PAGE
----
A Maryland woman who was bitten by an exotic cobra over the weekend may owe her life to the quick action of snake specialists at the Philadelphia Zoo.
The woman walked into a Baltimore clinic Sunday night reporting she had been in a shopping center parking lot when she bent down to pick up what she thought was a stick.
The "stick," a two-foot monocled cobra, sank a fang into one of her fingers, said Elisa Armacost, spokeswoman for the Baltimore Fire Department.
The woman, who has not been identified by name, bagged the offending snake and took it along with her to the clinic, Armacost said. Clinic staffers called the fire department.
"They were looking for guidance on what to do with the snake," Armacost said.
Medics took the woman to Johns Hopkins University Hospital as fire department personnel began a frantic search for a source of antivenin, Armacost said.
One of the calls reached Jason Bell, assistant curator of reptiles and amphibians at the Philadelphia Zoo.
Bell rushed to the Zoo to retrieve 30 vials of South-African made antivenin. State police met him there, planning on flying the serum by helicopter to Hopkins. But heavy rains had grounded the chopper, so troopers sped the antivenom to Maryland where they delivered it to a waiting ambulance near the state border, Bell said.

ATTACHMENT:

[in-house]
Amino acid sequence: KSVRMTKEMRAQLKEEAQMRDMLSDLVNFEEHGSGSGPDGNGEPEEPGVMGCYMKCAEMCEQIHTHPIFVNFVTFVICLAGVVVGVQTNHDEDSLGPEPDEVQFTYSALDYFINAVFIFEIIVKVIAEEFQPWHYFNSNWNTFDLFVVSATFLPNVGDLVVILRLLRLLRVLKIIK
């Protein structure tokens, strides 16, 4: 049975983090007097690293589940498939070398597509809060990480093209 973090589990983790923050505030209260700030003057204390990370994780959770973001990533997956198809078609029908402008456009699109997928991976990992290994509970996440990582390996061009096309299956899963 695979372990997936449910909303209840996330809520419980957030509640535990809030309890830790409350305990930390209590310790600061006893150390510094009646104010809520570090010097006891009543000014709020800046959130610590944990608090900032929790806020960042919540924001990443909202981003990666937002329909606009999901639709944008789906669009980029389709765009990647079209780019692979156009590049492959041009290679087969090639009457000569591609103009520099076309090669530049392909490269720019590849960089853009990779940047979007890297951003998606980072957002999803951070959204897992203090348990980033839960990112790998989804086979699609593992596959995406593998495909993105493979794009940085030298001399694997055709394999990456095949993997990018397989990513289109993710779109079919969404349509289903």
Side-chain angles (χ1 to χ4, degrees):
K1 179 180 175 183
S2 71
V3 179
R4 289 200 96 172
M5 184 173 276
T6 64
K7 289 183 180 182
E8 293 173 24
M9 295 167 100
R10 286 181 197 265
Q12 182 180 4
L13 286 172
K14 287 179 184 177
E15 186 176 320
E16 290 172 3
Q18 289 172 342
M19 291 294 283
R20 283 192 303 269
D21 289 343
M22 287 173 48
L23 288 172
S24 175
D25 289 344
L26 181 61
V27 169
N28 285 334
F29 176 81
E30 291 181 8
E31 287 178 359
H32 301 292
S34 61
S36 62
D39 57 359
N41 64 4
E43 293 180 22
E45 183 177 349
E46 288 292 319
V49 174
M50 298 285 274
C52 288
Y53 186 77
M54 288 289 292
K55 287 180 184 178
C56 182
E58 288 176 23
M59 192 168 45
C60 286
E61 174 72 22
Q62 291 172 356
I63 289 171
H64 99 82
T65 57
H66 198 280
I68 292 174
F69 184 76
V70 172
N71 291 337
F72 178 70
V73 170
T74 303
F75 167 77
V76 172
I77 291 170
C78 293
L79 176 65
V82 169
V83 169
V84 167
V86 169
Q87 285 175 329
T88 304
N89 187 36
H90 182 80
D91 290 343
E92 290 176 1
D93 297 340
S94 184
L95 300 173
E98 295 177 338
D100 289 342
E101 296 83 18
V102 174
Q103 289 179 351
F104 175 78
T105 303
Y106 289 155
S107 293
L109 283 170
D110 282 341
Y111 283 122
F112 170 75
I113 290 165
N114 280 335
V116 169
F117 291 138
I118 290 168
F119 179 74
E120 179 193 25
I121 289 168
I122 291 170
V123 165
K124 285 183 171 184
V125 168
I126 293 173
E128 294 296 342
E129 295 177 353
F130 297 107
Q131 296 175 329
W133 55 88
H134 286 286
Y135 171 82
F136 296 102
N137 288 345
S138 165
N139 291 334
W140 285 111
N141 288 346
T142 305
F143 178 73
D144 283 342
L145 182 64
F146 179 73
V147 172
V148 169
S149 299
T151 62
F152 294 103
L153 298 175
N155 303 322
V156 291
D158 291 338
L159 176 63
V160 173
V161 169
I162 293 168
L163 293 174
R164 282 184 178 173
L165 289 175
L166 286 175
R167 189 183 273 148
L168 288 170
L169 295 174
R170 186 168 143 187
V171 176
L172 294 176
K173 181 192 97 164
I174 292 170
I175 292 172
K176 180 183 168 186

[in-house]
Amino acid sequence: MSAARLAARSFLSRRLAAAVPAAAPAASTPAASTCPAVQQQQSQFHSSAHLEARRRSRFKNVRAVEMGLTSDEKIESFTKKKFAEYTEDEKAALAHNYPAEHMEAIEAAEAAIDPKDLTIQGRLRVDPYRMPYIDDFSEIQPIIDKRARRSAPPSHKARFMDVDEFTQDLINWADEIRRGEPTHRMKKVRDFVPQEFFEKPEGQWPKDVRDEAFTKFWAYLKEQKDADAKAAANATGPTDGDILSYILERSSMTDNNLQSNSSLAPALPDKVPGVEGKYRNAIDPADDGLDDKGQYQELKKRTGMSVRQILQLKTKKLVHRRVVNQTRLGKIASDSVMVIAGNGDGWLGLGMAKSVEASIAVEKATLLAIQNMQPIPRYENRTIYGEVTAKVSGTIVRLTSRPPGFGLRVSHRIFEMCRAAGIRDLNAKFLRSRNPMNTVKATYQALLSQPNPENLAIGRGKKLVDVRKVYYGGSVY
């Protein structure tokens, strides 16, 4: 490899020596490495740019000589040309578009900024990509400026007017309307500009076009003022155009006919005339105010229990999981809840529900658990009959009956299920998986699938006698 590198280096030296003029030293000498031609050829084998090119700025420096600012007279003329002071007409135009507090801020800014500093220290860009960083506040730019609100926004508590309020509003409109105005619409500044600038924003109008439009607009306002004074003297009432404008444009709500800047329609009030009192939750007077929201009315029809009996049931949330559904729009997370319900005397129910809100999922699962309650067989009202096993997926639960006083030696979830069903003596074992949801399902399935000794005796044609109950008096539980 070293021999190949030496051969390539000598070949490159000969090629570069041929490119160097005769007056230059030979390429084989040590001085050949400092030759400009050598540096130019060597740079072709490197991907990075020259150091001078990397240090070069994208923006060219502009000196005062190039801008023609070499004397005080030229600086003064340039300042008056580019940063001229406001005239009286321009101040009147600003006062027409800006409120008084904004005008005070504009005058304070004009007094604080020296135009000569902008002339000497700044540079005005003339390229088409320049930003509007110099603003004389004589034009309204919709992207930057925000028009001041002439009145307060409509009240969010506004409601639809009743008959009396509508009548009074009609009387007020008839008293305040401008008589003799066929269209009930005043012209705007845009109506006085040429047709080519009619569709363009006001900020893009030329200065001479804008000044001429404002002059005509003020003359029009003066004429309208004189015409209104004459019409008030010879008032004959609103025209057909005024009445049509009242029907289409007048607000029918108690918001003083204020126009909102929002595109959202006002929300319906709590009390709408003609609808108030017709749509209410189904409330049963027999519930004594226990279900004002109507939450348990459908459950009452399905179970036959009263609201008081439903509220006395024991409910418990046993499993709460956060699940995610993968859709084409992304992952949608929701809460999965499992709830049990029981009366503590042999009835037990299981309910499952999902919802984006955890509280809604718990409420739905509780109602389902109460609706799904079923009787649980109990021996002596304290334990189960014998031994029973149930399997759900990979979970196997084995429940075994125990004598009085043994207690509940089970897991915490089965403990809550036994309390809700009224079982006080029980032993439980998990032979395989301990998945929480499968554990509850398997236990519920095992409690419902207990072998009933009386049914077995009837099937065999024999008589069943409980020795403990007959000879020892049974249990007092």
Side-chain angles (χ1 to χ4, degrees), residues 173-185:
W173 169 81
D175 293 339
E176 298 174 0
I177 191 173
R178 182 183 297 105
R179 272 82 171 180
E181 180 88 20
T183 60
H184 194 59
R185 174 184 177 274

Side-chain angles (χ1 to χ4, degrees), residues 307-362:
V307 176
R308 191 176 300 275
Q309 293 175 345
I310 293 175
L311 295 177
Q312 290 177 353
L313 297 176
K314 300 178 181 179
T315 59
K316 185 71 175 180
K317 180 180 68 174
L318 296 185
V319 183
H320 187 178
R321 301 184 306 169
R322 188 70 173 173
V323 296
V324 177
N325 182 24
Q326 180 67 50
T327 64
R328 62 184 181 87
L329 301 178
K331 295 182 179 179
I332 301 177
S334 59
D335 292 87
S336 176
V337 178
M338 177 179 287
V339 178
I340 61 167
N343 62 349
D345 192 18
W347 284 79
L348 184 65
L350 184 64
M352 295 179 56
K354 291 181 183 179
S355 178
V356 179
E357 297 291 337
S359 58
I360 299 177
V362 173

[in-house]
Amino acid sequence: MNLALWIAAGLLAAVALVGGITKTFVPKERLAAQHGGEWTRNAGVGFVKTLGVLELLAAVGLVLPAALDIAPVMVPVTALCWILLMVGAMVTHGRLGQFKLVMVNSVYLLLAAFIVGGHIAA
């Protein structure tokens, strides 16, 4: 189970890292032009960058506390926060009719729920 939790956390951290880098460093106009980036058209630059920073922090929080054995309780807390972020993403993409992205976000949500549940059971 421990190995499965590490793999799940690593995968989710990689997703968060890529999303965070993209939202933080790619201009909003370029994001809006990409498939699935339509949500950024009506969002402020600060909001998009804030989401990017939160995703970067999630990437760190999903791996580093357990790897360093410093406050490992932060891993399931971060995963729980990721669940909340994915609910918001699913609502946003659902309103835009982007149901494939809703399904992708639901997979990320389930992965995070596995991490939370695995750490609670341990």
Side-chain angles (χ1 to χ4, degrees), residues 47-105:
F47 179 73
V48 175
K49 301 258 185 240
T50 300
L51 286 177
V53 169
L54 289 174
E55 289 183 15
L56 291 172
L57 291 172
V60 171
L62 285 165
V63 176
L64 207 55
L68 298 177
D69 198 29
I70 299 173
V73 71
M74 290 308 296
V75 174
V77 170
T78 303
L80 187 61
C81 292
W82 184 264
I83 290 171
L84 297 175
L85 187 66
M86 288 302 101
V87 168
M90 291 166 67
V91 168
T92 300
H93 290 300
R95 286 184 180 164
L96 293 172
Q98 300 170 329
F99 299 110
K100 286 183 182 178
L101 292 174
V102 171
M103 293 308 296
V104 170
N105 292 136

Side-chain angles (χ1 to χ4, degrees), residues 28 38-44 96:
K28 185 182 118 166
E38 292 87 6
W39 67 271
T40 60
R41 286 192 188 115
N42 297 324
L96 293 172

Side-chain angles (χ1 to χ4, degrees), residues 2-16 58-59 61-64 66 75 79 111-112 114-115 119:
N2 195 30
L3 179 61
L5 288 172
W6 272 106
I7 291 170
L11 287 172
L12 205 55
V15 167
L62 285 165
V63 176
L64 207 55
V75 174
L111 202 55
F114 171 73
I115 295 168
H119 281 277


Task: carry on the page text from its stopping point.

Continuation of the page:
Doctors used 10 vials of the antivenin, Bell said.
The woman, who told authorities that the snake did not belong to her, was reported to be in stable condition.
The snake was transferred to a zoo in Frederick County, Md.
A bite from a cobra can cause "tremendous pain" soon after the skin is punctured, Bell said. As the venom takes hold, muscle paralysis can set in and breathing can become impossible.
"She was very lucky. She was bitten on the finger and not closer to the heart. Some cobra bites can cause rapid death."
It's unclear if the woman would have died from the bite if not treated with the antivenom.
"It depends on the size of the snake," Bell said.
The Zoo stocks 21 varieties of antivenin for snakes that are not indigenous to the United States, Bell said. The University of Pennsylvania keeps a large collection of antivenin serums to treat domestic snake bites. The stock is available for use by poison control centers and hospitals nationwide.
It's not often that the Zoo needs to rush to the rescue with snake bite antidotes.
"I've been at the Zoo for 10 years and this is my first experience with it," Bell said.
Native to southeast Asia, monocled cobras can grow to 6-feet, and are typically brown or black. On the back of the snake's hood is a circular pattern that resembles a large eye or monocle.
Andrew Baker, the Zoo's chief operating officer, said venomous snakes are better left to the professionals.
"They make very poor pets and they present a safety risk to the person who owns them and anyone else in the house," Baker said. "We recommend dogs or cats instead. If you're wild for reptiles, go for a small boa or a king snake rather than something venomous."